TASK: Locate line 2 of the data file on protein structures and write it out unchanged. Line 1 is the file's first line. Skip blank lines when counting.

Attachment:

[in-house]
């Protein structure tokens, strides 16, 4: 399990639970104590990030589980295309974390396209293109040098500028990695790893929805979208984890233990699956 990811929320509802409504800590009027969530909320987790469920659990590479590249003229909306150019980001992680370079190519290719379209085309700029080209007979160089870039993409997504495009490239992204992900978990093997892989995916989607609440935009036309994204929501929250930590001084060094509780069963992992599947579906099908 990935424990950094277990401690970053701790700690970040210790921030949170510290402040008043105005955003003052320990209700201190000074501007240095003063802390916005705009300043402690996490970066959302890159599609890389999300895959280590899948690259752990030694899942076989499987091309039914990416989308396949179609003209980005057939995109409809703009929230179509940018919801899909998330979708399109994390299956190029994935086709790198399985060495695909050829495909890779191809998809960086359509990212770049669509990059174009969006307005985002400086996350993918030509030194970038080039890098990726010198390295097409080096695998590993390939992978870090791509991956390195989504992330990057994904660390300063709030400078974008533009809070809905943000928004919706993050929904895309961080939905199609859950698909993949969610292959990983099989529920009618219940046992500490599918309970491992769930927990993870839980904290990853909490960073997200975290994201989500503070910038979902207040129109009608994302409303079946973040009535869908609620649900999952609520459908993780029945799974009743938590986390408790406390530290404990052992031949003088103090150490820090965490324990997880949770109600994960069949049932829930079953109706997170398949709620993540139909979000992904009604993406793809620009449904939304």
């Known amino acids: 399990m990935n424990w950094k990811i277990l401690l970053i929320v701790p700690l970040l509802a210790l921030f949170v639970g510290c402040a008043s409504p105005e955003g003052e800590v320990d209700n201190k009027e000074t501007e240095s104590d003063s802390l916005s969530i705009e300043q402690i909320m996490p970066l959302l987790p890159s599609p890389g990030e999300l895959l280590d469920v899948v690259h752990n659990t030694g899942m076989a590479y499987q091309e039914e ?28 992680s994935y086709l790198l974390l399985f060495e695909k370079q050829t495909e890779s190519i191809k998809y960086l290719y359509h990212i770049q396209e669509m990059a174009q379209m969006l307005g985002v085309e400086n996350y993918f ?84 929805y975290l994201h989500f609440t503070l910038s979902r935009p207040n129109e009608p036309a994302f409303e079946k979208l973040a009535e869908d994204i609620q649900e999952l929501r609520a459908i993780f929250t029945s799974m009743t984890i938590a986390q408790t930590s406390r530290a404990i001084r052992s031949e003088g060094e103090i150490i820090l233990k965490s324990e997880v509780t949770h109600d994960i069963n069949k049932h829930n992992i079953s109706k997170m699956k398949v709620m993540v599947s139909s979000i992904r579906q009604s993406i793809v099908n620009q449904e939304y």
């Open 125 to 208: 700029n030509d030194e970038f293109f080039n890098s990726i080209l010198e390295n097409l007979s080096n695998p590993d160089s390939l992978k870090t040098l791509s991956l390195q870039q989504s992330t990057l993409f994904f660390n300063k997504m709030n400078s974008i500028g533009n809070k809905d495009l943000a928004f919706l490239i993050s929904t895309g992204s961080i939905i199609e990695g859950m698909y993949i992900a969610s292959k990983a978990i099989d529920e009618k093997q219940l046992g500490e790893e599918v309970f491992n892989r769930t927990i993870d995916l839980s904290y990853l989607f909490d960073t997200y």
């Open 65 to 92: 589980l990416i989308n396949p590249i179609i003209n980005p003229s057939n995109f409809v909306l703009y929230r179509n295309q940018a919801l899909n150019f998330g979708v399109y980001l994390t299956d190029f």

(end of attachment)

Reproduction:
């Protein structure tokens, strides 16, 4: 399990639970104590990030589980295309974390396209293109040098500028990695790893929805979208984890233990699956 990811929320509802409504800590009027969530909320987790469920659990590479590249003229909306150019980001992680370079190519290719379209085309700029080209007979160089870039993409997504495009490239992204992900978990093997892989995916989607609440935009036309994204929501929250930590001084060094509780069963992992599947579906099908 990935424990950094277990401690970053701790700690970040210790921030949170510290402040008043105005955003003052320990209700201190000074501007240095003063802390916005705009300043402690996490970066959302890159599609890389999300895959280590899948690259752990030694899942076989499987091309039914990416989308396949179609003209980005057939995109409809703009929230179509940018919801899909998330979708399109994390299956190029994935086709790198399985060495695909050829495909890779191809998809960086359509990212770049669509990059174009969006307005985002400086996350993918030509030194970038080039890098990726010198390295097409080096695998590993390939992978870090791509991956390195989504992330990057994904660390300063709030400078974008533009809070809905943000928004919706993050929904895309961080939905199609859950698909993949969610292959990983099989529920009618219940046992500490599918309970491992769930927990993870839980904290990853909490960073997200975290994201989500503070910038979902207040129109009608994302409303079946973040009535869908609620649900999952609520459908993780029945799974009743938590986390408790406390530290404990052992031949003088103090150490820090965490324990997880949770109600994960069949049932829930079953109706997170398949709620993540139909979000992904009604993406793809620009449904939304």